The women of the 2007 World Cup take the field

Hi, my name is Siege, and I’m a sports addict. I’ll admit it. If I didn’t, my better half would surely scold me. I don’t like when she scolds me. I love watching sports of almost any kind. Baseball, football, golf, tennis and of course hockey. Basketball is the only one I don’t tend to get all excited about. I think my dislike stems from my inability to do anything remotely coordinated on a basketball court.

I used to feel the same way about soccer. I didn’t understand it. I couldn’t get my limbs to do what I wanted them to do while trying to play it. That all changed in the summer of 1999. In fact, I remember the exact moments that made me fall in love with soccer, particularly women’s World Cup soccer.

Moment number one: Michelle Akers leaves it all on the field.

I remember watching Akers literally collapse in exhaustion on the field. I remember hearing of her suffering from chronic fatigue. And I remember her triumphantly returning to the field for the celebration, having basically defied team doctors to be with her teammates. Who says women aren’t tough?

Moment number two: Briana Scurry makes the save.

I remember the save, but more than that I remember her fist-pumping, foot-stomping strut to the sidelines after the save was made. I’m quite sure I shouted, “you go, girl” at the TV screen.

Moment number three: Brandi Chastain celebrates.

I remember the PK going in the net. I remember her jumping for joy. And then I went speechless. I also remember drooling over the Sports Illustrated cover and finally being able to record the game during some replay telecast or another so I could rewind that moment over and over and over and over … you get the idea.

Oddly enough, I find myself thinking of Chastain whenever I see Bend It Like Beckham. Wonder why that is?

Unfortunately for those of us cheering on Team USA in 2003, things didn’t go according to plan. Well, as many of you already know, the 2007 Women’s World Cup is underway in China and things have changed over at the U.S. Women’s National Team. Sure, a few of the faces are the same, though some of their names have changed. Scurry is still around, but she’s not the star keeper. Akers and Chastain have long been retired. And the face of U.S. Women’s soccer, Mia Hamm, has faded into the sunset.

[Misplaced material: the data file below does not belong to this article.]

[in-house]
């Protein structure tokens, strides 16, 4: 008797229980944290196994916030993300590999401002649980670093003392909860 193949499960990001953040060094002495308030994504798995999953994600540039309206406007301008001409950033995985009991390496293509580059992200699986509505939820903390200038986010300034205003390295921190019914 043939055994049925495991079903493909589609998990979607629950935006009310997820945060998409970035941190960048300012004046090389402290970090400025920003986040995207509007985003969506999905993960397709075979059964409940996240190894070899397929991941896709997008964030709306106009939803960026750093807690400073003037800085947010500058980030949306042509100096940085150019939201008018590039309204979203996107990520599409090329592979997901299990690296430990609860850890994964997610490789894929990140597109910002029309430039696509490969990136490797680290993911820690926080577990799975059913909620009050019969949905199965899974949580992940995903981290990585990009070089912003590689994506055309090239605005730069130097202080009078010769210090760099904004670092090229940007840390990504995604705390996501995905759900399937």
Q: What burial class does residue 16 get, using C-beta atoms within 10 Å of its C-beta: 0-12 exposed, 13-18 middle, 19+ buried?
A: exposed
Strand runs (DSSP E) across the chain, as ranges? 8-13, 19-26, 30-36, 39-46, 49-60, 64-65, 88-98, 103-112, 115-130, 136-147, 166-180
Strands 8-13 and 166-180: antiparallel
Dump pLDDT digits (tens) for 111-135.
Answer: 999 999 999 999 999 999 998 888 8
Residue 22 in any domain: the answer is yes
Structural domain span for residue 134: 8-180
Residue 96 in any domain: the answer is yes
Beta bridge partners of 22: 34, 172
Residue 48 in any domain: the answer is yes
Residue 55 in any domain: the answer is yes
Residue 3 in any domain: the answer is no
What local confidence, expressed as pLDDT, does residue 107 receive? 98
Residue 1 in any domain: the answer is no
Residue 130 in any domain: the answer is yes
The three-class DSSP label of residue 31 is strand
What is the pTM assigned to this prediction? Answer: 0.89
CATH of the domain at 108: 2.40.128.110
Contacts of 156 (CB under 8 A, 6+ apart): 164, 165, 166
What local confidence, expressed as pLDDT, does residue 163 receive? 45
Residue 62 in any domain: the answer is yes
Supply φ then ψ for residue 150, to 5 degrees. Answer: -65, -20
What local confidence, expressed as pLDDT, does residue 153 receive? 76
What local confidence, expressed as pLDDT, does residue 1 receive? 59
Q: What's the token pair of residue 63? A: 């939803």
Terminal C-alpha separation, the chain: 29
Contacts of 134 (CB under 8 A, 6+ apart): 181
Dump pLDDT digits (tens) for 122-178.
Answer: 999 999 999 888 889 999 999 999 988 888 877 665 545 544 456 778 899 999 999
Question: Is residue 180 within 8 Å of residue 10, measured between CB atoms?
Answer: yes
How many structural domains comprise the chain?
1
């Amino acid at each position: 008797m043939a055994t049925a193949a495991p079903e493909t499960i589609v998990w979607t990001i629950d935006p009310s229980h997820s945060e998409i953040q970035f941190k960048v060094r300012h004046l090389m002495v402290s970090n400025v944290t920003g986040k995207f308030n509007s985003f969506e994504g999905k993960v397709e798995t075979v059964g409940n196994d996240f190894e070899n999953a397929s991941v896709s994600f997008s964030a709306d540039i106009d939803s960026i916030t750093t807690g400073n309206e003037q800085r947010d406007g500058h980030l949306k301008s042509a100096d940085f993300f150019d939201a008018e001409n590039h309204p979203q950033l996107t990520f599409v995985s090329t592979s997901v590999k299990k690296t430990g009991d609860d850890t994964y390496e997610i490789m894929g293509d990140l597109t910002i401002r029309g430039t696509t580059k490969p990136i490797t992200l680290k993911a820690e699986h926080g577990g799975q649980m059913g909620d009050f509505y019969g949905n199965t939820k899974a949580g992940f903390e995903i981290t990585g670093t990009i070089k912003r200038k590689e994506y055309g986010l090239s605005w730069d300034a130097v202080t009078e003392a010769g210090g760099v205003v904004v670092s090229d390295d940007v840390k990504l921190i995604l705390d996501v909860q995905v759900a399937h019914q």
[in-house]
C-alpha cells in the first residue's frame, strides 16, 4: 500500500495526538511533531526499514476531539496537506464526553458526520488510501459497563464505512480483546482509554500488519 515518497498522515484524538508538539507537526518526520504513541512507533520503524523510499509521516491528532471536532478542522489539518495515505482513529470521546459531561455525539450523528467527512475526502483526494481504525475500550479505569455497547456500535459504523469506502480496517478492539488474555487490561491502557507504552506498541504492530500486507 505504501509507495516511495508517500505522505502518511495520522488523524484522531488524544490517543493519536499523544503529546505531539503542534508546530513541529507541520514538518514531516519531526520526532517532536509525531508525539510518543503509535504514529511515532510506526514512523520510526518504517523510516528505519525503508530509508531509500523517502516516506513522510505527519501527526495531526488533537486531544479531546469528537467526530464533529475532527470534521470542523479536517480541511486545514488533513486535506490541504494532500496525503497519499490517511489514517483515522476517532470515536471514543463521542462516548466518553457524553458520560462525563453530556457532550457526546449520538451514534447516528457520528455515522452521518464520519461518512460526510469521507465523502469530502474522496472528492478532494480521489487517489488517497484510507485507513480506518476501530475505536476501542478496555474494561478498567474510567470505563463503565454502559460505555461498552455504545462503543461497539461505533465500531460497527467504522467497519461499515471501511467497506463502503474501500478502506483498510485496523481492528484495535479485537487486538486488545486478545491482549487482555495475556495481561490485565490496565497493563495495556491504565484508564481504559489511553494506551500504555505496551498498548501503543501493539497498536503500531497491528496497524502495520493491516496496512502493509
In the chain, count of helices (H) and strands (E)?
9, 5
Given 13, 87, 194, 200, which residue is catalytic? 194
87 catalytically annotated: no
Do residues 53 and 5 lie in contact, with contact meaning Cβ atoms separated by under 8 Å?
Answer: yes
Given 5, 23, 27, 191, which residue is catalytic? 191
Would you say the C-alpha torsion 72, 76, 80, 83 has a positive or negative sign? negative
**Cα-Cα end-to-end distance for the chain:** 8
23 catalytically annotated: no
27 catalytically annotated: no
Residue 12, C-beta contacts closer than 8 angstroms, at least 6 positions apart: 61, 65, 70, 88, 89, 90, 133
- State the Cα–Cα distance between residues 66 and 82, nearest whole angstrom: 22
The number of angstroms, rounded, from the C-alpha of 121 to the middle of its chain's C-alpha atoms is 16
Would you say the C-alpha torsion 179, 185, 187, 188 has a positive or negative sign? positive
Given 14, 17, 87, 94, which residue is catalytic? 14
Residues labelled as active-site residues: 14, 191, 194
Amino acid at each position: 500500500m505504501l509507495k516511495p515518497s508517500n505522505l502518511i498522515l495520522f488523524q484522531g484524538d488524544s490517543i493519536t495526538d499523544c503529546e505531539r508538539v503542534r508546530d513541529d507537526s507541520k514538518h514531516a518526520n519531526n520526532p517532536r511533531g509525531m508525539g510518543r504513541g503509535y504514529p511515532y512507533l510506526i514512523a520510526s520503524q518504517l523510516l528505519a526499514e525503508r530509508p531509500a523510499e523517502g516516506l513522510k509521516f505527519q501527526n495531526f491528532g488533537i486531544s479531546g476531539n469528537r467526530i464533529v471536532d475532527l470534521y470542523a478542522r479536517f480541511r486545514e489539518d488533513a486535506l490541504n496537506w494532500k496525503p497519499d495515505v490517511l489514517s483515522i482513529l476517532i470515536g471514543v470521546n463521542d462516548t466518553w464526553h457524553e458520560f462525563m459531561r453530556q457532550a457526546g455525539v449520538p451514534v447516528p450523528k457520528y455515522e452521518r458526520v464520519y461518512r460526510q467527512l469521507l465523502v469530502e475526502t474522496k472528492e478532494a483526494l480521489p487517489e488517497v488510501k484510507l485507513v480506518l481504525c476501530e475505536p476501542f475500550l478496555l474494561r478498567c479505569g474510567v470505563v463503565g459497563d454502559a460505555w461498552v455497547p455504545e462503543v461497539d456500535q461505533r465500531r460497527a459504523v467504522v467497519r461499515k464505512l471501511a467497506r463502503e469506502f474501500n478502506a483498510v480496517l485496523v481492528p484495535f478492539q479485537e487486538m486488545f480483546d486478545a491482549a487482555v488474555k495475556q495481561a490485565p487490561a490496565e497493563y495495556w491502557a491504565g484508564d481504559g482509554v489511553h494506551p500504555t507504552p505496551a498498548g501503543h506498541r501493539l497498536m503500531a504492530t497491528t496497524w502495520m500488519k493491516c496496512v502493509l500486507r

Does that mean I’m uninterested? Absolutely not. I’m waiting patiently for the next shirtless victory celebration. My hope is the U.S. women live up to expectations in China and raise the cup again. Should they manage it, I’m hoping one of the new batch of beautiful women will pay homage to Chastain. I vote for Abby Wambach, Natasha Kai or Shannon Boxx.

The U.S. women, ranked No. 1 in the world, opened play yesterday against North Korea in a highly anticipated match. They spent several minutes playing a woman short after Wambach went out with an injury. By the time she returned to the field, the U.S. was down 2-1. They rallied for the tie, salvaging a point in their opening match. They are playing in what is considered to be the toughest pool of the tournament along with North Korea, Sweden and Nigeria. They’ve got their work cut out for them. They play Sweden, ranked number three in the world, on Friday.

Other teams looking to make their mark include China, Norway, Denmark, New Zealand, Brazil, England, Australia, Japan, Ghana and Germany, who handed Argentina an 11-0 drubbing on Monday. And, lest you think I am entirely U.S.-centric, I would settle for a little “Oh Canada!” from Christine Sinclair and the rest of my North American neighbors, should the U.S. bow out early.

No matter what happens, I can’t resist this group of 16 teams, all filled with strong, talented women showing the world that we girls can play too. I know I’ll be watching. Will you?

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